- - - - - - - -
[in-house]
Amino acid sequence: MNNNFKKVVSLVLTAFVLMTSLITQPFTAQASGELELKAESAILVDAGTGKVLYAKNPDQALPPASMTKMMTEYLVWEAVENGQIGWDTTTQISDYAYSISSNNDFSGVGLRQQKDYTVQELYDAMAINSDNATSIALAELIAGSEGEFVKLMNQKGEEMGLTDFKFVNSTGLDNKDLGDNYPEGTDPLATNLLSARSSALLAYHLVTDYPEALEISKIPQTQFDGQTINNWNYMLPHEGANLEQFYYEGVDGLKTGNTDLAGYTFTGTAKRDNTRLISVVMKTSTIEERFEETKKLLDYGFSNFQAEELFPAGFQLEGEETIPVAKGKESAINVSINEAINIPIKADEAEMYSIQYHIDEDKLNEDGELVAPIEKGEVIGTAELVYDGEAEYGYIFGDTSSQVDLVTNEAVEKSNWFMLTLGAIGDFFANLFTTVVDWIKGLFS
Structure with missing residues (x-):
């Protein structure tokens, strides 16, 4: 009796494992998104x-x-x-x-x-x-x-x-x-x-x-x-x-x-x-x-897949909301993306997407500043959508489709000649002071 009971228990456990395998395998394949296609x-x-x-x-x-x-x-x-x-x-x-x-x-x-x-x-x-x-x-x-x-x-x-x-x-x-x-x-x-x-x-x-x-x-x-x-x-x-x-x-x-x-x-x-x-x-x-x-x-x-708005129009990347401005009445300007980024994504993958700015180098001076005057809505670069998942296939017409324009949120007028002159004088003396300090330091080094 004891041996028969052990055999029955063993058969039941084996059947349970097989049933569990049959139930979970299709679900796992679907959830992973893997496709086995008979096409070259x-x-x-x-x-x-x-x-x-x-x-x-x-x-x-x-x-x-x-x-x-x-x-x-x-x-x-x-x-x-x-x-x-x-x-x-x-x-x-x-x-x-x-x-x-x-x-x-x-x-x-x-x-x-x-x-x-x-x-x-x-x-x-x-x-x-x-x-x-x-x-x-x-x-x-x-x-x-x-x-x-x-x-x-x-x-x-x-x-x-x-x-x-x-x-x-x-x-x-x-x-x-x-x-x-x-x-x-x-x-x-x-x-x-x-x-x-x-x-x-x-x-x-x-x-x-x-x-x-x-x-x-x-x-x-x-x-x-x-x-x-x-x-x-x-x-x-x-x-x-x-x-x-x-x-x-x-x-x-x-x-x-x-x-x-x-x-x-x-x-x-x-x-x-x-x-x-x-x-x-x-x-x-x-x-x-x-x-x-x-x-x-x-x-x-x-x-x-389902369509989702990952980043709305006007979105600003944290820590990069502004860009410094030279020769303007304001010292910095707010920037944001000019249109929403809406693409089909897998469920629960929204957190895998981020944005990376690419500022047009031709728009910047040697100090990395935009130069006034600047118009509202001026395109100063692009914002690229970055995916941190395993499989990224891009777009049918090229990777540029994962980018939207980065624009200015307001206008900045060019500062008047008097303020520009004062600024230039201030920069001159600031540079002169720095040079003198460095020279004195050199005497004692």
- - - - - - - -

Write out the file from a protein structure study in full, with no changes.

[in-house]
Amino acid sequence: MNNNFKKVVSLVLTAFVLMTSLITQPFTAQASGELELKAESAILVDAGTGKVLYAKNPDQALPPASMTKMMTEYLVWEAVENGQIGWDTTTQISDYAYSISSNNDFSGVGLRQQKDYTVQELYDAMAINSDNATSIALAELIAGSEGEFVKLMNQKGEEMGLTDFKFVNSTGLDNKDLGDNYPEGTDPLATNLLSARSSALLAYHLVTDYPEALEISKIPQTQFDGQTINNWNYMLPHEGANLEQFYYEGVDGLKTGNTDLAGYTFTGTAKRDNTRLISVVMKTSTIEERFEETKKLLDYGFSNFQAEELFPAGFQLEGEETIPVAKGKESAINVSINEAINIPIKADEAEMYSIQYHIDEDKLNEDGELVAPIEKGEVIGTAELVYDGEAEYGYIFGDTSSQVDLVTNEAVEKSNWFMLTLGAIGDFFANLFTTVVDWIKGLFS
Structure with missing residues (x-):
């Protein structure tokens, strides 16, 4: 009796494992998104x-x-x-x-x-x-x-x-x-x-x-x-x-x-x-x-897949909301993306997407500043959508489709000649002071 009971228990456990395998395998394949296609x-x-x-x-x-x-x-x-x-x-x-x-x-x-x-x-x-x-x-x-x-x-x-x-x-x-x-x-x-x-x-x-x-x-x-x-x-x-x-x-x-x-x-x-x-x-x-x-x-x-708005129009990347401005009445300007980024994504993958700015180098001076005057809505670069998942296939017409324009949120007028002159004088003396300090330091080094 004891041996028969052990055999029955063993058969039941084996059947349970097989049933569990049959139930979970299709679900796992679907959830992973893997496709086995008979096409070259x-x-x-x-x-x-x-x-x-x-x-x-x-x-x-x-x-x-x-x-x-x-x-x-x-x-x-x-x-x-x-x-x-x-x-x-x-x-x-x-x-x-x-x-x-x-x-x-x-x-x-x-x-x-x-x-x-x-x-x-x-x-x-x-x-x-x-x-x-x-x-x-x-x-x-x-x-x-x-x-x-x-x-x-x-x-x-x-x-x-x-x-x-x-x-x-x-x-x-x-x-x-x-x-x-x-x-x-x-x-x-x-x-x-x-x-x-x-x-x-x-x-x-x-x-x-x-x-x-x-x-x-x-x-x-x-x-x-x-x-x-x-x-x-x-x-x-x-x-x-x-x-x-x-x-x-x-x-x-x-x-x-x-x-x-x-x-x-x-x-x-x-x-x-x-x-x-x-x-x-x-x-x-x-x-x-x-x-x-x-x-x-x-x-x-x-x-x-389902369509989702990952980043709305006007979105600003944290820590990069502004860009410094030279020769303007304001010292910095707010920037944001000019249109929403809406693409089909897998469920629960929204957190895998981020944005990376690419500022047009031709728009910047040697100090990395935009130069006034600047118009509202001026395109100063692009914002690229970055995916941190395993499989990224891009777009049918090229990777540029994962980018939207980065624009200015307001206008900045060019500062008047008097303020520009004062600024230039201030920069001159600031540079002169720095040079003198460095020279004195050199005497004692």